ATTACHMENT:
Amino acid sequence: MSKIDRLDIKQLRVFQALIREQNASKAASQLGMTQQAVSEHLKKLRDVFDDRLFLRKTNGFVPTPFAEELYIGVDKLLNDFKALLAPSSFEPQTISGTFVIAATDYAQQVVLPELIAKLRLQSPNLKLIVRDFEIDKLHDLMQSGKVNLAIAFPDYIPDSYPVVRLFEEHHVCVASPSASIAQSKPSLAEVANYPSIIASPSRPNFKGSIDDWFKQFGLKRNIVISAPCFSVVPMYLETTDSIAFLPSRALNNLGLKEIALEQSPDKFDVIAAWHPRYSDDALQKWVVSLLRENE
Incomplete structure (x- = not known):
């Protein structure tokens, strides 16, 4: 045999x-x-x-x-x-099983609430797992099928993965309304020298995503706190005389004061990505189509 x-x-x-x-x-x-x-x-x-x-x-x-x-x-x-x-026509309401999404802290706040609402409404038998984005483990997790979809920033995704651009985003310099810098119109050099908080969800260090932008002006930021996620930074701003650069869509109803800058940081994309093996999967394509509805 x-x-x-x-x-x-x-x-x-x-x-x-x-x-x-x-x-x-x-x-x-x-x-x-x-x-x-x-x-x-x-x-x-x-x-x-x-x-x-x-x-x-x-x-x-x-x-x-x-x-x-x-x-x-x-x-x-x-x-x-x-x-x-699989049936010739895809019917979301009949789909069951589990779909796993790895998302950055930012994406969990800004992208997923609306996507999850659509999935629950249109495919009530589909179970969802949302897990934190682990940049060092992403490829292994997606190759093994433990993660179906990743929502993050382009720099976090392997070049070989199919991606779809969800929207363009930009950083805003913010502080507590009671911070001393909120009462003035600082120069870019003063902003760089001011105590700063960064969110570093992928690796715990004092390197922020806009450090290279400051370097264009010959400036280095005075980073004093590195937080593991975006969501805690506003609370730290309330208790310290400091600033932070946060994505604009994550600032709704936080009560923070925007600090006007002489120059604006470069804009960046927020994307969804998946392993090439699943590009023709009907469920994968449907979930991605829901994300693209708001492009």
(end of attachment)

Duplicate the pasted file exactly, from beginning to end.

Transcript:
Amino acid sequence: MSKIDRLDIKQLRVFQALIREQNASKAASQLGMTQQAVSEHLKKLRDVFDDRLFLRKTNGFVPTPFAEELYIGVDKLLNDFKALLAPSSFEPQTISGTFVIAATDYAQQVVLPELIAKLRLQSPNLKLIVRDFEIDKLHDLMQSGKVNLAIAFPDYIPDSYPVVRLFEEHHVCVASPSASIAQSKPSLAEVANYPSIIASPSRPNFKGSIDDWFKQFGLKRNIVISAPCFSVVPMYLETTDSIAFLPSRALNNLGLKEIALEQSPDKFDVIAAWHPRYSDDALQKWVVSLLRENE
Incomplete structure (x- = not known):
């Protein structure tokens, strides 16, 4: 045999x-x-x-x-x-099983609430797992099928993965309304020298995503706190005389004061990505189509 x-x-x-x-x-x-x-x-x-x-x-x-x-x-x-x-026509309401999404802290706040609402409404038998984005483990997790979809920033995704651009985003310099810098119109050099908080969800260090932008002006930021996620930074701003650069869509109803800058940081994309093996999967394509509805 x-x-x-x-x-x-x-x-x-x-x-x-x-x-x-x-x-x-x-x-x-x-x-x-x-x-x-x-x-x-x-x-x-x-x-x-x-x-x-x-x-x-x-x-x-x-x-x-x-x-x-x-x-x-x-x-x-x-x-x-x-x-x-699989049936010739895809019917979301009949789909069951589990779909796993790895998302950055930012994406969990800004992208997923609306996507999850659509999935629950249109495919009530589909179970969802949302897990934190682990940049060092992403490829292994997606190759093994433990993660179906990743929502993050382009720099976090392997070049070989199919991606779809969800929207363009930009950083805003913010502080507590009671911070001393909120009462003035600082120069870019003063902003760089001011105590700063960064969110570093992928690796715990004092390197922020806009450090290279400051370097264009010959400036280095005075980073004093590195937080593991975006969501805690506003609370730290309330208790310290400091600033932070946060994505604009994550600032709704936080009560923070925007600090006007002489120059604006470069804009960046927020994307969804998946392993090439699943590009023709009907469920994968449907979930991605829901994300693209708001492009």